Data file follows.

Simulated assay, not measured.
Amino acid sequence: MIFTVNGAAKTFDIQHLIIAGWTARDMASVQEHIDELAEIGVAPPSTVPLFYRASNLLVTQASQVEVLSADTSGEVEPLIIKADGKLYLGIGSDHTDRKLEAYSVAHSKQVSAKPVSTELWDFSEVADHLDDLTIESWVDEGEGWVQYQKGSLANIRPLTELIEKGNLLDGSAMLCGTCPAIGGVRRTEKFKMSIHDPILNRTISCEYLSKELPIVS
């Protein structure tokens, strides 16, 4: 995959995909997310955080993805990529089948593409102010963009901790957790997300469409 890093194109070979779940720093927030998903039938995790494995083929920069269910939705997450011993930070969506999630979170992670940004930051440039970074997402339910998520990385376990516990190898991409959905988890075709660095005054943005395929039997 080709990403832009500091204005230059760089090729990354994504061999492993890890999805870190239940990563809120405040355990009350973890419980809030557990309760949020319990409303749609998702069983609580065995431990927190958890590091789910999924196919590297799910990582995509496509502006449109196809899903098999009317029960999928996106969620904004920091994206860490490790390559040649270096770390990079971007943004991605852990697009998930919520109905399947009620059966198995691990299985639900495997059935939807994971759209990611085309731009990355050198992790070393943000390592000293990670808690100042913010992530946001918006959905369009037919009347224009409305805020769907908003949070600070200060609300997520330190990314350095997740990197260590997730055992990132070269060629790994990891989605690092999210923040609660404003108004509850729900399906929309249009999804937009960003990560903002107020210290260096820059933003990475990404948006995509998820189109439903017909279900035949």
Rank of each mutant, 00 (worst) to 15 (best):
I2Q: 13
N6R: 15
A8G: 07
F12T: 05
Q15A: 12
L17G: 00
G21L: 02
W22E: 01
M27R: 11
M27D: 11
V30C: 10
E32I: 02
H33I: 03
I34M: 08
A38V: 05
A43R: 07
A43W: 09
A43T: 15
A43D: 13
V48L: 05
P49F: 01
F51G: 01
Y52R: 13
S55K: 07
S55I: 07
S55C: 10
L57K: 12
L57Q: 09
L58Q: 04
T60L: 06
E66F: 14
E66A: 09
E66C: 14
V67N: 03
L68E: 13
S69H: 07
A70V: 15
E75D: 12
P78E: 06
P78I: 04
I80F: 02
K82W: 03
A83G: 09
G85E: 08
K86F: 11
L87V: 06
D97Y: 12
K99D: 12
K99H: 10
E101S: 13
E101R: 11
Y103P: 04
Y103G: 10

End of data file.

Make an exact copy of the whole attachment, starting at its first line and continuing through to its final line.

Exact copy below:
Simulated assay, not measured.
Amino acid sequence: MIFTVNGAAKTFDIQHLIIAGWTARDMASVQEHIDELAEIGVAPPSTVPLFYRASNLLVTQASQVEVLSADTSGEVEPLIIKADGKLYLGIGSDHTDRKLEAYSVAHSKQVSAKPVSTELWDFSEVADHLDDLTIESWVDEGEGWVQYQKGSLANIRPLTELIEKGNLLDGSAMLCGTCPAIGGVRRTEKFKMSIHDPILNRTISCEYLSKELPIVS
């Protein structure tokens, strides 16, 4: 995959995909997310955080993805990529089948593409102010963009901790957790997300469409 890093194109070979779940720093927030998903039938995790494995083929920069269910939705997450011993930070969506999630979170992670940004930051440039970074997402339910998520990385376990516990190898991409959905988890075709660095005054943005395929039997 080709990403832009500091204005230059760089090729990354994504061999492993890890999805870190239940990563809120405040355990009350973890419980809030557990309760949020319990409303749609998702069983609580065995431990927190958890590091789910999924196919590297799910990582995509496509502006449109196809899903098999009317029960999928996106969620904004920091994206860490490790390559040649270096770390990079971007943004991605852990697009998930919520109905399947009620059966198995691990299985639900495997059935939807994971759209990611085309731009990355050198992790070393943000390592000293990670808690100042913010992530946001918006959905369009037919009347224009409305805020769907908003949070600070200060609300997520330190990314350095997740990197260590997730055992990132070269060629790994990891989605690092999210923040609660404003108004509850729900399906929309249009999804937009960003990560903002107020210290260096820059933003990475990404948006995509998820189109439903017909279900035949």
Rank of each mutant, 00 (worst) to 15 (best):
I2Q: 13
N6R: 15
A8G: 07
F12T: 05
Q15A: 12
L17G: 00
G21L: 02
W22E: 01
M27R: 11
M27D: 11
V30C: 10
E32I: 02
H33I: 03
I34M: 08
A38V: 05
A43R: 07
A43W: 09
A43T: 15
A43D: 13
V48L: 05
P49F: 01
F51G: 01
Y52R: 13
S55K: 07
S55I: 07
S55C: 10
L57K: 12
L57Q: 09
L58Q: 04
T60L: 06
E66F: 14
E66A: 09
E66C: 14
V67N: 03
L68E: 13
S69H: 07
A70V: 15
E75D: 12
P78E: 06
P78I: 04
I80F: 02
K82W: 03
A83G: 09
G85E: 08
K86F: 11
L87V: 06
D97Y: 12
K99D: 12
K99H: 10
E101S: 13
E101R: 11
Y103P: 04
Y103G: 10